WW I art and election analysis
— Nam Pham, assistant secretary of business development and international trade, and Tim Murray, president of the Worcester Regional Chamber of Commerce, will deliver remarks at the U.S. Small Business Administration – Massachusetts District Office’s annual meeting, Worcester State University, Student Center – Blue Lounge, 486 Chandler St., Worcester, 9 a.m.
— Education Secretary James Peyser presents awards to winners of the Massachusetts 8th Grade World War I Art Competition, a program of the state’s World War I Centennial Commission, Nurses Hall, 1 p.m.
— Boston Globe political reporter Joshua Miller will moderate a discussion of the results of Tuesday’s federal and state elections with Putnam Investments President and CEO Robert Reynolds, Chartwell Strategy Group Managing Director David Tamasi and Ferox Strategies Principal Cristina Antelo, Putnam Investments, 100 Federal St., Boston, 12 p.m.
— Local elected women of color including state Rep.-elect Liz Miranda, Rep.-elect Nika Elugardo, Suffolk County DA-elect Rachael Rollins and Framingham Mayor Yvonne Spicer are guests on ‘Basic Black’ by Callie Crossley, WGBH-TV Ch. 2, 7:30 p.m.
For more calendar listings, check out State House News Service’s Daily Advances (pay wall – free trial subscriptions available) and MassterList’s Beacon Hill Town Square below.
Sound and fury: Rallies held across state to protest potential firing of Mueller
Hundreds of liberal activists gathered on Boston Common and rallied elsewhere across the state yesterday to protest any move by President Trump to fire special counsel Robert Mueller and/or block release of Mueller’s investigative findings into Russian meddling in the 2016 election. The Globe’s Danny McDonald has the details on the Boston rally, while Lucas Ropek at MassLIve reports on a smaller rally in Springfield.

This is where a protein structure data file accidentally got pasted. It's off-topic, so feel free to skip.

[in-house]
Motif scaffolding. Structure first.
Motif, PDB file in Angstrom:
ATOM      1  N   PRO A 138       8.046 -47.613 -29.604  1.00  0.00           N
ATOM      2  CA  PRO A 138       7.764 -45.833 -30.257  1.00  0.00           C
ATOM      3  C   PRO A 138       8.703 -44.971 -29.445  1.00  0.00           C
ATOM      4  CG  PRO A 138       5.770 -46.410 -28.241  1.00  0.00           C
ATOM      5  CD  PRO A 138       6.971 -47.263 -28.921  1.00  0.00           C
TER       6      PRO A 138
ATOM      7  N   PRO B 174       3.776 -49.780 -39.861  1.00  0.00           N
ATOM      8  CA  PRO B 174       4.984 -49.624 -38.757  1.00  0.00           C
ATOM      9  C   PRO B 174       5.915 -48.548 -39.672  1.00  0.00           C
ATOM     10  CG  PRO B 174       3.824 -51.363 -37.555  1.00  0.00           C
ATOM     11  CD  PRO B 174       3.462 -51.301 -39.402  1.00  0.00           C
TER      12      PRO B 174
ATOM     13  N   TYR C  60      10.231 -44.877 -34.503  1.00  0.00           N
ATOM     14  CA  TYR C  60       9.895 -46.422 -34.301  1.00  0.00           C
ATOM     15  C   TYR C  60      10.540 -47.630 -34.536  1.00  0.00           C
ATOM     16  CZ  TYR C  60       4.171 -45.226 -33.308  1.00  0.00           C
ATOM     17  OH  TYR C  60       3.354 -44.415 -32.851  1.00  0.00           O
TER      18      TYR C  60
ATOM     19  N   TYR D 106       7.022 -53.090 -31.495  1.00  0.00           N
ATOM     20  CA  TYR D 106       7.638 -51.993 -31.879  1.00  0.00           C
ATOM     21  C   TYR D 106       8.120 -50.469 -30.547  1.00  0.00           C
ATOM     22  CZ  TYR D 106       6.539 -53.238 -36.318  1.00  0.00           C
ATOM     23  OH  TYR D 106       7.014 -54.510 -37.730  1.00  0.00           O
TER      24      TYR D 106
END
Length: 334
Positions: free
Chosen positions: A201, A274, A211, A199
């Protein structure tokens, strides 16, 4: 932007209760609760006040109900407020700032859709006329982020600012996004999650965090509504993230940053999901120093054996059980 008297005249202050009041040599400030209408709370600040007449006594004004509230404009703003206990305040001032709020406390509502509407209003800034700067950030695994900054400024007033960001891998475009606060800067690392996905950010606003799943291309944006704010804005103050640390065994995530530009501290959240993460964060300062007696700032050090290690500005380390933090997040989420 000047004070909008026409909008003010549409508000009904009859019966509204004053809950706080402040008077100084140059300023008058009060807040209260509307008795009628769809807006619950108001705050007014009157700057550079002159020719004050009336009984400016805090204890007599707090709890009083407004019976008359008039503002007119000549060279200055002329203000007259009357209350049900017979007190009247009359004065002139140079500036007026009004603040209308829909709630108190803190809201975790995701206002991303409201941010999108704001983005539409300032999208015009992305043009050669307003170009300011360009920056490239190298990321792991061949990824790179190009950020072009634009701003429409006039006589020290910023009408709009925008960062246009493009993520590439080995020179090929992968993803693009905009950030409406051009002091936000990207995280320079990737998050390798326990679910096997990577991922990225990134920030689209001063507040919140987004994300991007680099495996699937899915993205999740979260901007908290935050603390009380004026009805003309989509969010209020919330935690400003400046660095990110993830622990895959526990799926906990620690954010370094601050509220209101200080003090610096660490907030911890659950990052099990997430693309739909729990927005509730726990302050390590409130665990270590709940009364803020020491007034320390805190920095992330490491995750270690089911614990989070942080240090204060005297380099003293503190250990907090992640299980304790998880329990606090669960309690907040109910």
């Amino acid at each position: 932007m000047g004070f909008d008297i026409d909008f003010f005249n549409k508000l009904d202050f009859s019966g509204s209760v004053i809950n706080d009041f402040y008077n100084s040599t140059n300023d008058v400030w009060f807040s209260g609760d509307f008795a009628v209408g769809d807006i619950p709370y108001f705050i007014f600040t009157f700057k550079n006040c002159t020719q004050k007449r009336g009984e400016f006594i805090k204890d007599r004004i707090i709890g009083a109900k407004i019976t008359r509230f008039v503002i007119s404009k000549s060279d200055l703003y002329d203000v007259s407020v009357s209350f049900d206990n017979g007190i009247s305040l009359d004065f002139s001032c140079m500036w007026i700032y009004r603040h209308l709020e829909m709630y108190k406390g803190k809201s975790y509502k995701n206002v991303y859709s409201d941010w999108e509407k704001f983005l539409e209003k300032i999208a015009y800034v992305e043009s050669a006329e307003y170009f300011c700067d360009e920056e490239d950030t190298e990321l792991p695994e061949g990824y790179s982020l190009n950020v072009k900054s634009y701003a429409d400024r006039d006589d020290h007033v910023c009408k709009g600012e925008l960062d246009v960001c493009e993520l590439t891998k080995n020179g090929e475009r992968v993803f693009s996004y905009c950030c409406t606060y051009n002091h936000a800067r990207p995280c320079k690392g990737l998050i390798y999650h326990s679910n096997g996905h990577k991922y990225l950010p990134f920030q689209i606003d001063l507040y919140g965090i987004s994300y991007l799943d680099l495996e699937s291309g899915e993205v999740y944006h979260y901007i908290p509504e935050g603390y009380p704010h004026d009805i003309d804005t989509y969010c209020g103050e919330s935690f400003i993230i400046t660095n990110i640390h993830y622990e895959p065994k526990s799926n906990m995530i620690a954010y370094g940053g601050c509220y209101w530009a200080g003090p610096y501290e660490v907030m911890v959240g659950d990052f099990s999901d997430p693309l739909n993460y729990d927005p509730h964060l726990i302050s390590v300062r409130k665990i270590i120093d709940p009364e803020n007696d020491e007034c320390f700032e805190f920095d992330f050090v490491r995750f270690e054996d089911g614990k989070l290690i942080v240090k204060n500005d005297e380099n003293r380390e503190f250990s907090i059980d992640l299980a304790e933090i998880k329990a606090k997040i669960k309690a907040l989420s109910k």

Separately, Ropek reports that more than 40 rallies were planned in communities across Massachusetts – and it sure looks like there were indeed a lot of them. Here’s a sampling: From the Telegram: ‘Activists in Worcester show support for Mueller, press’ … From the MetroWest Daily News: ‘Demonstrators in Framingham call on Congress to ‘protect Mueller’ … From the Berkshire Eagle: ‘In Pittsfield, Great Barrington, protestors tell Trump: You’re not above the law’ …From South Coast Today: ‘New Bedford joins nationwide ‘Nobody is above the law’ rallies.’
Meanwhile, Shira Schoenberg reports that U.S. Sen. Elizabeth Warren reiterated yesterday her position that Mueller must be protected. But the Herald’s Mary Markos reports that Warren’s current position is a bit at odds with what she’s demanded in the past regarding the ouster of U.S. Attorney General Jeff Sessions.
Nothing here to see: Steve Wynn sues to block release of state report on his sexual misdeeds
He really doesn’t want this stuff to spill out in public. From Bruce Mohl at CommonWealth magazine: “Steve Wynn is suing his former company, the Massachusetts Gaming Commission, and the commission’s chief investigator, seeking to block the upcoming release of a report on his sexual misconduct that allegedly relies on improperly obtained privileged information.” The lawsuit, filed on Wednesday in Las Vegas, was publicly disclosed at a Gaming Commission hearing yesterday.
Former Senate President Bulger among few who attend his brother Whitey’s funeral
A funeral mass was held yesterday in South Boston for James “Whitey” Bulger, the convicted gangster murderer who himself was murdered in a federal prison last week, reports NBC Boston. Among the small number of people at the private service was Whitey’s brother, former Senate President Bill Bulger. The Herald reports that victims’ kin were unhappy that Whitely Bulger was given formal funeral rites. “What are we supposed to do? Say 10 Hail Marys and all is forgiven?” asked one relative of a victim.
So who are Massachusetts Dems going to choose? Deval or Liz?
The Herald’s Joe Battenfeld writes that if U.S. Sen. Elizabeth Warren really wants to turn for president, then her biggest primary threat may be a fellow Massachusetts resident, i.e. former Gov. Deval Patrick. If the two do run, it ought to make for a very interesting presidential primary here in Massachusetts. Separately, Warren said she has no firm timeline for making a decision on whether to run for resident, Shira Schoenberg at MassLive reports.